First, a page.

Still, where does the snow go? It *obviously* never melts, and, in the average winter, it snows a couple feet. It's *always* winter in Irrisen, so they probably get five feet of snow a year.
Which never goes away.
<scribble, scribble, math, math>
It's been 'always winter' for about 1400 years, which means that Irrisen is currently buried under 7000 ft. of snow that will never melt. From the border, it probably would look like a giant mountain of ice (having compacted under it's own weight) with the edges having 'calved' off into surrounding nations and thus surrounded with a giant 'moat,' the weight of the more-than-mile-high ice and snow mountain having depressed the entire nation of Irrisen several meters (and, in some areas, perhaps even collapses into the Darklands?). (Each foot of snow depth over Irrisen, assuming 500 miles on an edge, would weigh 138 quadrillion tons. Times 7000 ft. of accumulation that's what we call in technical terms ****ing heavy.)
I guess the obvious solution for it to not snow in Irrisen, ever, since even an *inch* a year would add up to all of Irrisen being buried in 116 foot snowdrifts!) in Irrisen, which somehow makes it feel less like 'eternal winter...'
Or some sort of creature type feeds on falling snow, and is capable of consuming (15 lbs. x the number of square feet of surface area in Irrisen) of snow a year.
Eh. As the robots sing, 'It's just a show, you should really just relax.' :)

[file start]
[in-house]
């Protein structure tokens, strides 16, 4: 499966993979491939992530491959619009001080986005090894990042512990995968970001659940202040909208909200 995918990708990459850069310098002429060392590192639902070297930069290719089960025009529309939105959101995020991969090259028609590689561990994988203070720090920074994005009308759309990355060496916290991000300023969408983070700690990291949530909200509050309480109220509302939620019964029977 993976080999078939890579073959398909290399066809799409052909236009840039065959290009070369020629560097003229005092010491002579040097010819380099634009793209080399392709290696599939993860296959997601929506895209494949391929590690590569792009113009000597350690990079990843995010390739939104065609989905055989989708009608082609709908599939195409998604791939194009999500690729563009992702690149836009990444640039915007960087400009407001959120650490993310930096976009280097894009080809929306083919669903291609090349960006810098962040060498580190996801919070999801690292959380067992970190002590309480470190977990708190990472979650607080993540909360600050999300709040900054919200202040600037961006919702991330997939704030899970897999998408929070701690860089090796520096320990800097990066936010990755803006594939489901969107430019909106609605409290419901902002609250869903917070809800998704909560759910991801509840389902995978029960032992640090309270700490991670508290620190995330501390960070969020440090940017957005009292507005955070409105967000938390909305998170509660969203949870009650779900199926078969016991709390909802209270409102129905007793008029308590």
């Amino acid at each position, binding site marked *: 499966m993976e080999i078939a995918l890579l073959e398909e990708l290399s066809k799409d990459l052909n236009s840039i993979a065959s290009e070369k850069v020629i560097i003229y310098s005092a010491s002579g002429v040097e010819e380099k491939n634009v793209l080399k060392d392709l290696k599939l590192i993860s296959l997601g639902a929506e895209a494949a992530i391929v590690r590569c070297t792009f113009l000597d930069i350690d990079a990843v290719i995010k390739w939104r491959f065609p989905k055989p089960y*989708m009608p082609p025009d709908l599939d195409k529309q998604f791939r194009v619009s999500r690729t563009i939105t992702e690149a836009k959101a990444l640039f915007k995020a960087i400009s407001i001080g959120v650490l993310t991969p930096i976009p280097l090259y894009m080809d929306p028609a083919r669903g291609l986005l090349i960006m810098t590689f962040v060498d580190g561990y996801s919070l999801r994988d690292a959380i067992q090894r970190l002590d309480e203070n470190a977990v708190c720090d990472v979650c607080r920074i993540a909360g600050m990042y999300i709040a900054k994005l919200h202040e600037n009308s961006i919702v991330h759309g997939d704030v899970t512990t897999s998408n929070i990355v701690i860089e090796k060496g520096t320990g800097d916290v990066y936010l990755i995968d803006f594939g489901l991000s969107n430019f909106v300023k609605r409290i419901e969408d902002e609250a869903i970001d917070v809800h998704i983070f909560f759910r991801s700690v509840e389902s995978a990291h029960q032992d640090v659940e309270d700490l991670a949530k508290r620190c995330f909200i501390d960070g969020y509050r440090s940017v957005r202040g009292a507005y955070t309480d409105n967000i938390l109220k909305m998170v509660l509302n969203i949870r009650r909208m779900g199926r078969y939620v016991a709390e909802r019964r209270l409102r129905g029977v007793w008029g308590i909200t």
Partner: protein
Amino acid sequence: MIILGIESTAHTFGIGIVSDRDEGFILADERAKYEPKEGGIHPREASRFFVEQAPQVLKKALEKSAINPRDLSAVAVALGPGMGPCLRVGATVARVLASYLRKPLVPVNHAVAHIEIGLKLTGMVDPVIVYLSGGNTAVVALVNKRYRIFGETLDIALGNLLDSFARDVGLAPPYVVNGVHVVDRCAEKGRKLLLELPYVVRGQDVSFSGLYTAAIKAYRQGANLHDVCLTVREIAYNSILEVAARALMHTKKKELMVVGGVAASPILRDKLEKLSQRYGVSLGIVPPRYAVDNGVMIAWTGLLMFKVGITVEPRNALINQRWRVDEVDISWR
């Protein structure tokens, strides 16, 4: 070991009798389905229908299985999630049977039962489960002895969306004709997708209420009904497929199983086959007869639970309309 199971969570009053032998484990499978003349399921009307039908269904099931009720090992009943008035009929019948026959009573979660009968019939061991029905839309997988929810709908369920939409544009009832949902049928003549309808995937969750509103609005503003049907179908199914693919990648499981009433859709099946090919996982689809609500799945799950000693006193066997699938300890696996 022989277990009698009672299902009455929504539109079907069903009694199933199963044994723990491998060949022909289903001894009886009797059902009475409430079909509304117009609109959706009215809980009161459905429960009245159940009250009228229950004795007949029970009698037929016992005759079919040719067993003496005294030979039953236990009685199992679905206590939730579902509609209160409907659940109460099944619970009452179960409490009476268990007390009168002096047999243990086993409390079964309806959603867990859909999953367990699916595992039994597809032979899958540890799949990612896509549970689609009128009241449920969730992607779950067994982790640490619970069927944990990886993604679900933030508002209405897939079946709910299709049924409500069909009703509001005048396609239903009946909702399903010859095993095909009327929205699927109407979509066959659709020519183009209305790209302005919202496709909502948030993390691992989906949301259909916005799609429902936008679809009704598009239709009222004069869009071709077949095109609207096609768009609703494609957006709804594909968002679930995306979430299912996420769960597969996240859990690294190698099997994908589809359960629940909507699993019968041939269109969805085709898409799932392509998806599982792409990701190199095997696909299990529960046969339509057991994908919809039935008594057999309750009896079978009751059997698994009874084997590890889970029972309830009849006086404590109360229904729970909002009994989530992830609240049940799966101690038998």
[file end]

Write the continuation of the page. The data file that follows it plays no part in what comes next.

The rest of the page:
And in Titanic? It sinks.
Thanks to formula writing, it's almost impossible to 'spoil' the plot of anything that happens on TV these days. It's all 'minute 42, X happens to Y' with different people playing the part of Y week to week.
I think the last time I was surprised by something on the TV was in Dynasty when a bunch of terrorists burst into a wedding and shot everyone. Many an episode of CSI: Lios na gCearrbhach could be livened up by a bunch of mutant bear-ninja rappelling down through the ceiling and busting up the place with explosive pineapples.
Sadly only David Lynch gets this. :)
The rollercoaster ride of waiting for this book is like a reversed version of the five stages of grief.
The shivering with anticipation stage is over, and I'm currently just a little bit zen, as if I've got some sort of Schrodinger's Mailbox thing going on, and as long as I don't run out and check it, it might actually be in there.
(And the hope that it is remains intact, so long as I don't open the mailbox and crush that hope...)
Asexual reproduction has been around since the beginning of D&D.
Ghouls, wraiths, vampires, etc. all reproduced asexually, although you may well have felt that your character was getting bleeped in the process.
Various oozes and pudding reproduced when you stuck your sword into them, which was probably not intended to sound as phallic as the way I just phrased it.
Green slime was yet another thing that asexually reproduced itself at your expense.